Ranger Herman “Herm” Stein – 2F


April 23, 1921 - June 27, 2012
Staten Island, NY

Herman Elias Stein, known to all who loved him as “Bubby” was born in Staten Island, NY April 23, 1921. The youngest sibling with two older sisters, he was cherished and bestowed with the term of endearment – Bubby. A few years later his family moved upstate “to the country” to Eastview in northern Westchester county.

Having moved into the country, there were few if any neighbors, only the vast forests and wildlife of thousands of acres of undeveloped land. As he grew up roaming these lands, Herman developed the appreciation, awe, and wonderment of nature and the natural order of things that became his “inner guide” for the rest of his life. The solitary life and skill of natural survival he learned on those lands served well in the coming fascist threat.

It was at Washington Irving High School in Tarrytown, NY that he discovered a love of baseball and became a star agile second baseman with good grades that earned him a scholarship to NYU. But by the end of his freshman year, the Call to Duty came as World War II encroached. Herman volunteered for the Army. While the whole country geared up for the war, after a year of “training and waiting” Bub was more than mildly disenchanted with the regular Army.

The plans for the European invasion necessitated a call for a reformed special operations unit – The Rangers. This rapid deployment, flexible small operational unit with much independence was the type of military Bubby thrived with.

Herman’s quick agility enabled him to climb the cliffs at Normandy being the third man up whose mission was to find the German guns that threatened the beachhead. Having survived the climb, he continued in pursuit and found the guns, abandoned by the Nazis.

His unit continued pursuing various missions from Normandy leading all the way through France, Germany and Czechoslovakia. Along the way Staff Sergeant Herman Stein earned several citations and medals including The Distinguished Service Cross for the Battle of Hill 400.

Following WW II, Herman was reunited with the love of his life, his wife Lena Toirac. It was with her that a union of 69 years produced a family of four – Francine, Rob, Debbie, and Cindy.

With the war behind him, Bub embarked on a career in sheet metal fabrication, only to be disappointed by the lack of hard work in a union setting. So he set out on his own and developed a successful roofing business in Metro NY while also building 2 houses with Lena as the designer and sometimes bricklayer to call home for his growing brood. Of course the houses were in wooded settings reminding him of the natural order that he grew up in.

Thirty years of suburban living and having raised their children, wife Lena grew restless for warmer climates and a desire to create yet another beautiful home. Moving to Fort Pierce, Florida, Herman and Lena bought an old home on the Indian River and Lena once again performed her designing magic and Herman supplied the brawn and building know-how. Florida served as a paradise for this mid-life team to entertain and enchant their grandchildren as Bubby once again started his business in a new environment and continued to work until his 80s.

Inspired by the artistic giftedness of Lena, Herman turned his metal work skills into a new hobby of creating beautiful and whimsical copper structures that adorned in many homes and gardens including atop the Ft Pierce municipal gazebo on the waterfront.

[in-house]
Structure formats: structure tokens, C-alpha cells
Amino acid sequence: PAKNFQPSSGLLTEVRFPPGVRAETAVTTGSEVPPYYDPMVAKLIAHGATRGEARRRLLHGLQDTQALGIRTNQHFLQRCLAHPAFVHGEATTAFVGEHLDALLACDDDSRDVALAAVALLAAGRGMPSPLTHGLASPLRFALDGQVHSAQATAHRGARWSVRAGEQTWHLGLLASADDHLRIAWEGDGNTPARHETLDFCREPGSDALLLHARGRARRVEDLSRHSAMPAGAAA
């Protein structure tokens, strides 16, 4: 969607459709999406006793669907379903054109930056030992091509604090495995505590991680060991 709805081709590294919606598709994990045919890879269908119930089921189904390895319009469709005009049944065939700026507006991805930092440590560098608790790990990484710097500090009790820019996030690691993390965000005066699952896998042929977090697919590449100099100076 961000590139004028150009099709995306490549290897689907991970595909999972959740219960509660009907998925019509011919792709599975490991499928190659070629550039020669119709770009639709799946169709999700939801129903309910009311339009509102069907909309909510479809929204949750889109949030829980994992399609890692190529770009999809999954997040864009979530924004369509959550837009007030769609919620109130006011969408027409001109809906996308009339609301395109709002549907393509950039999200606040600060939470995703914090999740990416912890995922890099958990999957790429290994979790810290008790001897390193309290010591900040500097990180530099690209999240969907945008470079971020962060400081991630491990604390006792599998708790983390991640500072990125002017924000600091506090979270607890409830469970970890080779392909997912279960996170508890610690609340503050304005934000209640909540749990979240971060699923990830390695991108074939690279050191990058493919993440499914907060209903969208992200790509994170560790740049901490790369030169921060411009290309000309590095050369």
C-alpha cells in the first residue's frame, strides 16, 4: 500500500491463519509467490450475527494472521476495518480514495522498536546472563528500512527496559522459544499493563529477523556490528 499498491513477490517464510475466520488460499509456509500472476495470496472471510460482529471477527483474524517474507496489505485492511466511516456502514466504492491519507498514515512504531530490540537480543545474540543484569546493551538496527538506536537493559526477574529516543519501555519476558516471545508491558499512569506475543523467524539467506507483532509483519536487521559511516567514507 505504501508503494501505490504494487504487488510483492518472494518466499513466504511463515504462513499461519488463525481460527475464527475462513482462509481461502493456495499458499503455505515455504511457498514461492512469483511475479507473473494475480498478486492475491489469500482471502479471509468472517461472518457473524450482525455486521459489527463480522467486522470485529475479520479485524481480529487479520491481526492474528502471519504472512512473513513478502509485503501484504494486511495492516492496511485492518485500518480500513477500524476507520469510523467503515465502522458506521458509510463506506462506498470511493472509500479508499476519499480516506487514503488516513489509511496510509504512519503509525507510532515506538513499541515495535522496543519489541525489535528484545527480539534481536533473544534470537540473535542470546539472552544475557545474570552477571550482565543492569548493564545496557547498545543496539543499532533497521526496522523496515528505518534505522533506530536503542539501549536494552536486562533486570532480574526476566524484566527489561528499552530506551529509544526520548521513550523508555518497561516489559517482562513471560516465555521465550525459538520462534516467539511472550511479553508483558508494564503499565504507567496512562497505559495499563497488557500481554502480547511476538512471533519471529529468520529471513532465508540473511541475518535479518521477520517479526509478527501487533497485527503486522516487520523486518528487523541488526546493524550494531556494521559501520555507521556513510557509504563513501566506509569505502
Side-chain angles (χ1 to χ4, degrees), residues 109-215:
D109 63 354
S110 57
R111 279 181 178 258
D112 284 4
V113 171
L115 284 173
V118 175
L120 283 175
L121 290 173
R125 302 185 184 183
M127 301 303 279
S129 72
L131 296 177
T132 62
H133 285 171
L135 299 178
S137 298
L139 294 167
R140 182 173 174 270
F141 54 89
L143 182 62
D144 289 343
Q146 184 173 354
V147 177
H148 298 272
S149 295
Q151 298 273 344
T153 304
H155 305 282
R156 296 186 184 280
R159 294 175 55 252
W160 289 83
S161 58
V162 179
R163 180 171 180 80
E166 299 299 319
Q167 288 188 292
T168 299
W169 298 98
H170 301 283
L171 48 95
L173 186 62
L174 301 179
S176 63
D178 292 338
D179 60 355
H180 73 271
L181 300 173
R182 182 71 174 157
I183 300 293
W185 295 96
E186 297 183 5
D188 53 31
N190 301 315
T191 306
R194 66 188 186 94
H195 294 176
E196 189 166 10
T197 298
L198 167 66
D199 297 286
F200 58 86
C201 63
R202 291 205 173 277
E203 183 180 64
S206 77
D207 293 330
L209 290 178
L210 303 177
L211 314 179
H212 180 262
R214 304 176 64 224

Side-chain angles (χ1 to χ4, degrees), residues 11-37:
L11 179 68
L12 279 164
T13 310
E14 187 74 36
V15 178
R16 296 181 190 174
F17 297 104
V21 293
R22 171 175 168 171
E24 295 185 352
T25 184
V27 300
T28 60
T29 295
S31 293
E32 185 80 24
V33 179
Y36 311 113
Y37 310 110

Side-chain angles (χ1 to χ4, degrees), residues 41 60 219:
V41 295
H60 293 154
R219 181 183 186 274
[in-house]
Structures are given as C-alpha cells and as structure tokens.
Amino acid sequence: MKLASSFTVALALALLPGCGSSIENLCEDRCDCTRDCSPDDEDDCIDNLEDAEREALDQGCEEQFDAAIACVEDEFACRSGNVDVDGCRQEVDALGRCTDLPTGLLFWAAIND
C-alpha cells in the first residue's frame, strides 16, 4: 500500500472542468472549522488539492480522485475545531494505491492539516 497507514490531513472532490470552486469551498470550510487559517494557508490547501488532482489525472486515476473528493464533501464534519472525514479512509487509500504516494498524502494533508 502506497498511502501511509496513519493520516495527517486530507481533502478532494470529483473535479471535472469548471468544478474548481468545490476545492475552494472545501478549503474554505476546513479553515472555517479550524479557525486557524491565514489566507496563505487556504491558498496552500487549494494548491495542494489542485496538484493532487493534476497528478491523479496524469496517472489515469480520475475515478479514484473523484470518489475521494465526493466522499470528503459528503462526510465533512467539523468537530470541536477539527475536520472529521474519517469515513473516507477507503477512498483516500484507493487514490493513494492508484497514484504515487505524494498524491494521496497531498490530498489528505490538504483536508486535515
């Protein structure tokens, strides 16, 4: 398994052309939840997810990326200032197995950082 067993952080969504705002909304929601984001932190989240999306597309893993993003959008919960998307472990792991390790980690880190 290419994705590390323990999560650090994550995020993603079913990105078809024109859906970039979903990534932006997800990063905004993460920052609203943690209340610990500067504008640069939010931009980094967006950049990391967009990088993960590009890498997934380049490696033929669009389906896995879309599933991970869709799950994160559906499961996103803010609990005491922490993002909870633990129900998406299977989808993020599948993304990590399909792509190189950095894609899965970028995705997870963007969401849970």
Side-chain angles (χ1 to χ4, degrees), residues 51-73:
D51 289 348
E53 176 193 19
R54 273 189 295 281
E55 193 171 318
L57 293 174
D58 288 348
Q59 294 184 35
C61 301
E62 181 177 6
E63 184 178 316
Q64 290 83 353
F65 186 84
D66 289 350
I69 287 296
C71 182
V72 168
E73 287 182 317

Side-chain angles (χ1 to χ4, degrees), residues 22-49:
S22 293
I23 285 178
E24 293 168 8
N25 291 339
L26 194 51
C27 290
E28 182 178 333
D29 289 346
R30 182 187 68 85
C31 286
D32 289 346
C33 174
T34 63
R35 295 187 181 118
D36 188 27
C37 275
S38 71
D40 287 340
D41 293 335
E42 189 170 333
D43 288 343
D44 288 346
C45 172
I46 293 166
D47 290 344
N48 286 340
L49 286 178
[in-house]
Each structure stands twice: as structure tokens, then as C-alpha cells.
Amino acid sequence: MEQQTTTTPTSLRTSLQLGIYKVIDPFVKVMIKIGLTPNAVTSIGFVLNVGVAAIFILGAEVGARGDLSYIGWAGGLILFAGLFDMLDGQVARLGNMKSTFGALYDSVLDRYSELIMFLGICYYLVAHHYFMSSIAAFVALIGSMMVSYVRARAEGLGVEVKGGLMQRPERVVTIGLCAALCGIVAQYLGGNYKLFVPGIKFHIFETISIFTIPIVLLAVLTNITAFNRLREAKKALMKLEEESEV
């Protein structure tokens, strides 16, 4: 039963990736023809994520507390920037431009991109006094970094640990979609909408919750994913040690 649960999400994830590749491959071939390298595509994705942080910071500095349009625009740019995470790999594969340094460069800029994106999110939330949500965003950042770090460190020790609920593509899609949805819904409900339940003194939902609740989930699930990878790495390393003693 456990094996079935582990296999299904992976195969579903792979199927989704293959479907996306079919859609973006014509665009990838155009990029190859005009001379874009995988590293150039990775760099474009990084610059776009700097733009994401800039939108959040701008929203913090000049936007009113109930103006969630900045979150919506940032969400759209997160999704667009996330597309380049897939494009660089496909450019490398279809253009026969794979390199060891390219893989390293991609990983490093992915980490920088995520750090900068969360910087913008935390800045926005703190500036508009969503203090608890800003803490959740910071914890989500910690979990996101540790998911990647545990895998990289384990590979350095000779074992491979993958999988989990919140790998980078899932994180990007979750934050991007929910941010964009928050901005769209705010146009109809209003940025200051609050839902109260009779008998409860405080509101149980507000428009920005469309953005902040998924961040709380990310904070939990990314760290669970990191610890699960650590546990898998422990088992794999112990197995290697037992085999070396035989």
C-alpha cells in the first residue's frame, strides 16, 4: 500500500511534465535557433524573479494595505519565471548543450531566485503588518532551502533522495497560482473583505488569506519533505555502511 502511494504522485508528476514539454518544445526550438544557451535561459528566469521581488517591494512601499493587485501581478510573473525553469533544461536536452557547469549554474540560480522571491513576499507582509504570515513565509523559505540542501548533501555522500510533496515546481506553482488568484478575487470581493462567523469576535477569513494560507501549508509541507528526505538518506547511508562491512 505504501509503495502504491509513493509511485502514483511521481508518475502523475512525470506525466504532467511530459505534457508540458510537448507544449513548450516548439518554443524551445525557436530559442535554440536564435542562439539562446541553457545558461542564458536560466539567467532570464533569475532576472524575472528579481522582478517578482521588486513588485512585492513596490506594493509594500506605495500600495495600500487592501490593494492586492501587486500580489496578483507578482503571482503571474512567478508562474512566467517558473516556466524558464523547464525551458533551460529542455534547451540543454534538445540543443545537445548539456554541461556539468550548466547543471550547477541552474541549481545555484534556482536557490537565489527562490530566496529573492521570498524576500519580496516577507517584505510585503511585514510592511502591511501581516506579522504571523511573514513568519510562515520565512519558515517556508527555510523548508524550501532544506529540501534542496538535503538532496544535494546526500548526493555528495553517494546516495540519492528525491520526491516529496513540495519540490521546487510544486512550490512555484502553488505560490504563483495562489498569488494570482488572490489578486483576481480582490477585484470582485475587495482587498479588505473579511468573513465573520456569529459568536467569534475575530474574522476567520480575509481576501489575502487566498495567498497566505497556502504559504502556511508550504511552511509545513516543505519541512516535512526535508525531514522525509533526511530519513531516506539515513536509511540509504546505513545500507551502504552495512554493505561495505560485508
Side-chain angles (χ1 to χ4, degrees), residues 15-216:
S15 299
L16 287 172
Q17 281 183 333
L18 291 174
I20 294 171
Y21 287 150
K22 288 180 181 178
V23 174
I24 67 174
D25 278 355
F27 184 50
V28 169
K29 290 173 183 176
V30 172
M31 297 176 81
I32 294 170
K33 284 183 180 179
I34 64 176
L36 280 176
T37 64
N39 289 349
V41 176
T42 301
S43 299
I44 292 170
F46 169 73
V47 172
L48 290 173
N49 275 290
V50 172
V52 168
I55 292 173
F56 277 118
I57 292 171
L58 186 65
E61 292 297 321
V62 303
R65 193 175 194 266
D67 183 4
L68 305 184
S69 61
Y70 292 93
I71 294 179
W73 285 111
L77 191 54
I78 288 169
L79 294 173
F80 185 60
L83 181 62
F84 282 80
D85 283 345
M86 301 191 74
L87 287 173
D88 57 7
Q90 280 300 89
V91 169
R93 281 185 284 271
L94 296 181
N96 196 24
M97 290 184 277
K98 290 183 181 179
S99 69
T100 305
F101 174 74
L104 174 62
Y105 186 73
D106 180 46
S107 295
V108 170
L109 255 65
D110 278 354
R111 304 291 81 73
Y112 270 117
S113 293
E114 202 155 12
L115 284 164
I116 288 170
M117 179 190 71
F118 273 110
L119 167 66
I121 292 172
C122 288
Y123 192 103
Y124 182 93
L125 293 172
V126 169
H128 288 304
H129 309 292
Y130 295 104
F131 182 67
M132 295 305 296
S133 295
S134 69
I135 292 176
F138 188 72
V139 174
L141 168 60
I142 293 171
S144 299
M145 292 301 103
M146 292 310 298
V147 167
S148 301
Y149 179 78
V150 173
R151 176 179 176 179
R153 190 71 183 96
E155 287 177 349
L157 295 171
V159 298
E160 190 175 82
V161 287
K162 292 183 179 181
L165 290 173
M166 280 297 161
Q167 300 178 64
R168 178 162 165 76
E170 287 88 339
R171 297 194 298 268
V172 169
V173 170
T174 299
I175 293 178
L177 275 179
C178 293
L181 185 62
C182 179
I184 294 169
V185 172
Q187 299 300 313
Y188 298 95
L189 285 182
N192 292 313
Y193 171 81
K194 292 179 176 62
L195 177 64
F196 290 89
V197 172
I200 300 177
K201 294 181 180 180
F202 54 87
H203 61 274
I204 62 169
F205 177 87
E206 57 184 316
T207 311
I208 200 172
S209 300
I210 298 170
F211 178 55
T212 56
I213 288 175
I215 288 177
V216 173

Unfortunately one day while trying to trim their prolific mango trees, one of the trees according to Bubby “threw” him out and to the ground. Always the stoic soldier, he managed to crawl back to the house where he laid down in great pain off and on for over a year. Unfortunately x-rays were not taken for many months and as it turned out his hip was broken necessitating a hip replacement.

His medical needs brought him to Atlanta, where after much coaxing, they decided to leave the Florida Hacienda and relocate to Berkeley Lake, GA which gave Lena one more opportunity to work with him to renovate and create yet another beautiful home.

For the last eight years Herman settled into retirement, that is, when Lena allowed him barring any new projects she had for him. He tinkered endlessly in his shop - his very own man-cave, creating his beautiful metal sculptures in addition to fixing common everyday home repairs applying his ingenuity for problem solving, always using whatever scrap parts were around and adapting them for the job. The concept of recycling was nothing new to Bub and Lena, they recycled everything, especially old bent nails.

His last years in GA were as fruitful and full as he always lived. The open door policy welcoming both new and old friends and family continued as always in their GA home. Bub expressed his happiness and contentment in his final years in his Berkeley Lake home. Feeling loved and secure, and being surrounded by his family always, he frequently expressed what a wonderful life he had with no regrets.

Herman was a simple man with simple tastes. His passions included avacadoes, mangoes (only from certain countries with strong opinioned reviews), tomatoes, and entered long blissful states devouring steamed lobsters. Watching him eat was a delight as he enjoyed anything presented to him, never leaving a morsel to waste.

Bub was not a religious man but he lived the golden rule; he did not talk the talk, he walked the walk. Whenever one of his old war buddies passed, he would say they went to “Ranger Heaven.” Apparently there was a common belief amongst the Rangers, they had a special corner reserved for them. Bub recently told us his best friend and brother-in-arms Elrod Petty was waiting for him. Bub is now with them.

The example of this fine man to all who came to know him teaches us all how to have a “well-sculpted life.”